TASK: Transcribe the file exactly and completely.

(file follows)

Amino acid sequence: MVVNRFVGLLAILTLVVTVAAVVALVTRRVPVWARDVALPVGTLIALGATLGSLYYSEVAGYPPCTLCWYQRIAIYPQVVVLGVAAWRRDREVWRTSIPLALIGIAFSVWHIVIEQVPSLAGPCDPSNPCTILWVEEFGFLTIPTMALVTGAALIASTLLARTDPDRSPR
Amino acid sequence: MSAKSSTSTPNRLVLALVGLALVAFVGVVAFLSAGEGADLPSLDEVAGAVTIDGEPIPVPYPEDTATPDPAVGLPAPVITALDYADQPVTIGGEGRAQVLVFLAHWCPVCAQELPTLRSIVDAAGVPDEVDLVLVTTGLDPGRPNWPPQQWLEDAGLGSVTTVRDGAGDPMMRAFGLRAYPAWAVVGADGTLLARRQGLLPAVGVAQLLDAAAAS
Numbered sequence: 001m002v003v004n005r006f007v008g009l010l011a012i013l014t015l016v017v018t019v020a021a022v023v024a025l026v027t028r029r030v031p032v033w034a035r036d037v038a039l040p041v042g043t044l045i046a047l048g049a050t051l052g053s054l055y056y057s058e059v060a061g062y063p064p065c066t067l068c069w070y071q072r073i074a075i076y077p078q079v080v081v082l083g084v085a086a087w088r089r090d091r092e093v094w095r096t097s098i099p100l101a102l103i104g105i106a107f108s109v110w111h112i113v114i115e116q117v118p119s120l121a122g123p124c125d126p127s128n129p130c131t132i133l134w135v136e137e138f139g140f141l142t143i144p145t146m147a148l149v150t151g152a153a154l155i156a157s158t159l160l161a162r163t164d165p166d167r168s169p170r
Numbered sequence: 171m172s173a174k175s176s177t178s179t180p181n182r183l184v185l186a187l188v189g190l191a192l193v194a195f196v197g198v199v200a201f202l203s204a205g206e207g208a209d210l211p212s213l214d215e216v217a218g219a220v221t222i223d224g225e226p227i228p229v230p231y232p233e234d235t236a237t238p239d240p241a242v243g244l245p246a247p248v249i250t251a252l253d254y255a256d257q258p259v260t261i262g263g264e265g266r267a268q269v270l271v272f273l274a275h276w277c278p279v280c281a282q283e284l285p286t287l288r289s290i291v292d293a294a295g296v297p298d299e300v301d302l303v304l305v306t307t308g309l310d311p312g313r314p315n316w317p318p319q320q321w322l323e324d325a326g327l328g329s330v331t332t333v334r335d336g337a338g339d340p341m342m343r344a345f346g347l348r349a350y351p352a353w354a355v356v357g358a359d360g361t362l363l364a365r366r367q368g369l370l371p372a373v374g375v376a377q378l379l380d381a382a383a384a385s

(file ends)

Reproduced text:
Amino acid sequence: MVVNRFVGLLAILTLVVTVAAVVALVTRRVPVWARDVALPVGTLIALGATLGSLYYSEVAGYPPCTLCWYQRIAIYPQVVVLGVAAWRRDREVWRTSIPLALIGIAFSVWHIVIEQVPSLAGPCDPSNPCTILWVEEFGFLTIPTMALVTGAALIASTLLARTDPDRSPR
Amino acid sequence: MSAKSSTSTPNRLVLALVGLALVAFVGVVAFLSAGEGADLPSLDEVAGAVTIDGEPIPVPYPEDTATPDPAVGLPAPVITALDYADQPVTIGGEGRAQVLVFLAHWCPVCAQELPTLRSIVDAAGVPDEVDLVLVTTGLDPGRPNWPPQQWLEDAGLGSVTTVRDGAGDPMMRAFGLRAYPAWAVVGADGTLLARRQGLLPAVGVAQLLDAAAAS
Numbered sequence: 001m002v003v004n005r006f007v008g009l010l011a012i013l014t015l016v017v018t019v020a021a022v023v024a025l026v027t028r029r030v031p032v033w034a035r036d037v038a039l040p041v042g043t044l045i046a047l048g049a050t051l052g053s054l055y056y057s058e059v060a061g062y063p064p065c066t067l068c069w070y071q072r073i074a075i076y077p078q079v080v081v082l083g084v085a086a087w088r089r090d091r092e093v094w095r096t097s098i099p100l101a102l103i104g105i106a107f108s109v110w111h112i113v114i115e116q117v118p119s120l121a122g123p124c125d126p127s128n129p130c131t132i133l134w135v136e137e138f139g140f141l142t143i144p145t146m147a148l149v150t151g152a153a154l155i156a157s158t159l160l161a162r163t164d165p166d167r168s169p170r
Numbered sequence: 171m172s173a174k175s176s177t178s179t180p181n182r183l184v185l186a187l188v189g190l191a192l193v194a195f196v197g198v199v200a201f202l203s204a205g206e207g208a209d210l211p212s213l214d215e216v217a218g219a220v221t222i223d224g225e226p227i228p229v230p231y232p233e234d235t236a237t238p239d240p241a242v243g244l245p246a247p248v249i250t251a252l253d254y255a256d257q258p259v260t261i262g263g264e265g266r267a268q269v270l271v272f273l274a275h276w277c278p279v280c281a282q283e284l285p286t287l288r289s290i291v292d293a294a295g296v297p298d299e300v301d302l303v304l305v306t307t308g309l310d311p312g313r314p315n316w317p318p319q320q321w322l323e324d325a326g327l328g329s330v331t332t333v334r335d336g337a338g339d340p341m342m343r344a345f346g347l348r349a350y351p352a353w354a355v356v357g358a359d360g361t362l363l364a365r366r367q368g369l370l371p372a373v374g375v376a377q378l379l380d381a382a383a384a385s